Problems and solutions
As our generation witnesses the beginning of the AI revolution, we will also be forced to deal with the downsides of this new technology, which are already emerging. AI, like all technologies, can be a double-edged sword. These problems include privacy, bias and security. Extreme misuse of AI technologies such as deep fakes or autonomous weapons can lead to major threats.
It’s my belief that technology-induced problems are often most effectively solved by technology-based solutions. Think about the advent of the circuit breaker to avoid electrocution, and anti-virus software to stave off computer viruses. Right now, many people are worried that AI accurately targets individual users with content and ads that can result in addiction or opinion-shaping behaviour, and that large Internet companies are unlikely to self-regulate because dampening accurate targeting would also reduce profit.
Read more: Artificial Intelligence Has a Problem With Gender and Racial Bias. Here’s How to Solve It
As a result, many feel government regulations are the only solution. While regulations are necessary, I believe it is equally important to pursue private-sector mechanisms and new technological solutions to solve these problems, and incentivize companies to build responsible AI. Entrepreneurs and investors should explore new ways to align corporate interest in long-term user benefit (such as increased wealth, knowledge, or happiness) rather than short-term user behavior (such as click-through or money spent). Watchdogs could use dashboards to track large Internet companies’ performance in responsible AI by measuring complaint frequency against metrics like “fake news” displayed or “AI bias and unfairness” to hold them to account or pressure them to improve.
Privacy of data is a major concern, particularly in the field of healthcare. But there is an emerging field called “privacy computing” that shows signs of promise. For example, federated learning is an AI technique that trains AI across multiple decentralized devices or servers holding local data samples. It approximates centralized training, while disallowing the central AI owner to see the data. Another method known as “homomorphic encryption” encodes the data in a way the AI owner cannot decrypt. AI is trained directly on the encrypted data. This doesn’t work on deep learning yet, but future breakthroughs are possible. Finally, a trusted execution environment (TEE) reads encrypted and protected data, and decrypts the data for AI training on a chip in a way that guarantees that the decrypted data will not ever leave the chip.
Each of these technologies still has bottlenecks or technical issues that prevent them from building powerful AI while fully protecting personal data. But over the next twenty years, I anticipate significant progress.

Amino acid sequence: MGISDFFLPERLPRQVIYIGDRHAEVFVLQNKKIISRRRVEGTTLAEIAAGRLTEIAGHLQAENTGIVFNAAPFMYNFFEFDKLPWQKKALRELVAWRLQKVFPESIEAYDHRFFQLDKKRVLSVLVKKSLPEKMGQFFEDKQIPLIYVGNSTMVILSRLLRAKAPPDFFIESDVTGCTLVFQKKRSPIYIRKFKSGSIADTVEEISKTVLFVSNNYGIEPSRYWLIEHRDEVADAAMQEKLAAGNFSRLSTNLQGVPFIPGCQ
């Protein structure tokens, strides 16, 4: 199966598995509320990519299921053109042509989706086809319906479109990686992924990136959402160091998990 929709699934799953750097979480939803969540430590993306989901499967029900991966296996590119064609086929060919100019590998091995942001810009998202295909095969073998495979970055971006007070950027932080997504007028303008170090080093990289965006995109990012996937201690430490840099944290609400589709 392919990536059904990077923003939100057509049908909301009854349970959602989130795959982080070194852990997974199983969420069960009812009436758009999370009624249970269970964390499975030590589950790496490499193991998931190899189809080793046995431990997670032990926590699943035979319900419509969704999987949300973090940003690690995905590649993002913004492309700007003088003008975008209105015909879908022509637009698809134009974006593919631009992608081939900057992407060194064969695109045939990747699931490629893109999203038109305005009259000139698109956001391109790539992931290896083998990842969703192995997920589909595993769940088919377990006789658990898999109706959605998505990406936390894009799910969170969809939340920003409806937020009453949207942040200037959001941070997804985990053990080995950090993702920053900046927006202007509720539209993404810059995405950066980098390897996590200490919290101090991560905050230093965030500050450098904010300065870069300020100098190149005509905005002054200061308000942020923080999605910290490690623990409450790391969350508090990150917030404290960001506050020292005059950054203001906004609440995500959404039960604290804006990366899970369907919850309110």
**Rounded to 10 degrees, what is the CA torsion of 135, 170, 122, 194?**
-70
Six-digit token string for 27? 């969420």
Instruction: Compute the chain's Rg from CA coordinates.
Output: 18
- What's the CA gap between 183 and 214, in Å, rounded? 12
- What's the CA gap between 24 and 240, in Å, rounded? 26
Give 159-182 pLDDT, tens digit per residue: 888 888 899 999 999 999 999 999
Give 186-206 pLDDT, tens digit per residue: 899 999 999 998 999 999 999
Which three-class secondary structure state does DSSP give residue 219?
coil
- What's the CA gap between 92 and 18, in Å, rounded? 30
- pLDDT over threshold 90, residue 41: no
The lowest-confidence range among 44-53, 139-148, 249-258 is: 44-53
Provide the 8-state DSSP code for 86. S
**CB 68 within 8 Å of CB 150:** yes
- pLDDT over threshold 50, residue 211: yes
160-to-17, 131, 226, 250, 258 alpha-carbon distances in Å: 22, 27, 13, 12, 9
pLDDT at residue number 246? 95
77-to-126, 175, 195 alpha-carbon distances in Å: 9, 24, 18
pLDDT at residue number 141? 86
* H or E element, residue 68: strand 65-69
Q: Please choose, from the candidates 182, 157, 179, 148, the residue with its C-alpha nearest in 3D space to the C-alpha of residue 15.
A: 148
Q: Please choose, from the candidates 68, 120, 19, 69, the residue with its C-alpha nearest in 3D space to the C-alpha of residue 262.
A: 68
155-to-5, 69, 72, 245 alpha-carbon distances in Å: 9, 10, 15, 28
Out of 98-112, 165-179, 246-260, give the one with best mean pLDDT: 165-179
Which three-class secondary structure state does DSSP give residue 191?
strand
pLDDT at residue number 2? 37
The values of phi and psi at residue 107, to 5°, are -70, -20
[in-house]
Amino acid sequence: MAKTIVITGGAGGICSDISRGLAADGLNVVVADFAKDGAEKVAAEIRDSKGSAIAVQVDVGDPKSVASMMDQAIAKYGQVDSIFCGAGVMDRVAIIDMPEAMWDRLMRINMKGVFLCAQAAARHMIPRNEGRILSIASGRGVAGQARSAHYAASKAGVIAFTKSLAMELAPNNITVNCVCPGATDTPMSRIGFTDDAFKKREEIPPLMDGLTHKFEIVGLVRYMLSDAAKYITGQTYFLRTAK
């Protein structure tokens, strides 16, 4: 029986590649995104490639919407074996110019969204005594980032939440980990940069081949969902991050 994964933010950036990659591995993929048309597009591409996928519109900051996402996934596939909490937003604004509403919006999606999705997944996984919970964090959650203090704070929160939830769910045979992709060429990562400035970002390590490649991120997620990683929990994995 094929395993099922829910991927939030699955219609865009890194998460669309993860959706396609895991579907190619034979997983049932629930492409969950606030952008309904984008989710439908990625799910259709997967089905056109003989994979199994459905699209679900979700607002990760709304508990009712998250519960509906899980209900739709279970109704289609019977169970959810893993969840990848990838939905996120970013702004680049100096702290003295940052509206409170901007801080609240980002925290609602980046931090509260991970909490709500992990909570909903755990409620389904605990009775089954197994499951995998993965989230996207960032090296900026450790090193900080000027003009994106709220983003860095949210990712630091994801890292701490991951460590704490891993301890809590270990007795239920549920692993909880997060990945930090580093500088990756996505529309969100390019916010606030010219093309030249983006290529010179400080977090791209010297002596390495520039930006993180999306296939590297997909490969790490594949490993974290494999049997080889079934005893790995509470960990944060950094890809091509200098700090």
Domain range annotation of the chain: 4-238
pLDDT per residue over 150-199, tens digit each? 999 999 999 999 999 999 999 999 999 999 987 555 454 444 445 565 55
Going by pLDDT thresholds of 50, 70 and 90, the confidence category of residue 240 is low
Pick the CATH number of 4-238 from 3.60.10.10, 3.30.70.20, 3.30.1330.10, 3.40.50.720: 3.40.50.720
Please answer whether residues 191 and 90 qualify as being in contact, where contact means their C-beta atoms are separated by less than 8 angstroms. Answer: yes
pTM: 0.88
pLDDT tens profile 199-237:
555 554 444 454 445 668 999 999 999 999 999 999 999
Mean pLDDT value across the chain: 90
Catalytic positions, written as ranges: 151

I am confident that by combining regulation, private sector mechanisms, and technology solutions, the AI-induced risks and vulnerabilities will be addressed, in ways similar to every other technology tidal wave that we have experienced.
Read more: An Artificial Intelligence Helped Write This Play. It May Contain Racism
AI in 2041 will be as challenging as it will be exciting. AI will create efficient services that will give us back our most valuable resource—time. It will take over routine tasks, and liberate us to do more stimulating or challenging jobs. Humans will work symbiotically with technology, with AI performing quantitative analysis, optimization, and routine work, while we humans contribute our creativity, strategy, and passion. Each human’s productivity will be amplified, allowing us to realize our potential. We are the generation that will inherit the unprecedented wealth from AI, so we must also bear the responsibility of rewriting the social contract and reorienting our economies. But if we do, and if we begin to plan for the future now, AI will create unprecedented economic opportunities, save millions of lives and push us into thinking more deeply about what really makes us human.
From the book AI 2041: Ten Visions for Our Future by Kai-Fu Lee and Chen Qiufan. Copyright © 2021 by Kai-Fu Lee and Chen Qiufan. Published by Crown, an imprint of Random House, a division of Penguin Random House LLC. All rights reserved.
- Florence Pugh Might Just Save the Movie Star From Extinction
- Why You Can't Remember That Taylor Swift Concert All Too Well
- What to Know About the History of the Debt Ceiling
- 10 Questions the Succession Finale Needs to Answer
- How Four Trans Teens Threw the Prom of Their Dreams
- Why Turkey’s Longtime Leader Is an Electoral Powerhouse
- The Ancient Roots of Psychotherapy
- Why Rich People Aren't Using Phone Cases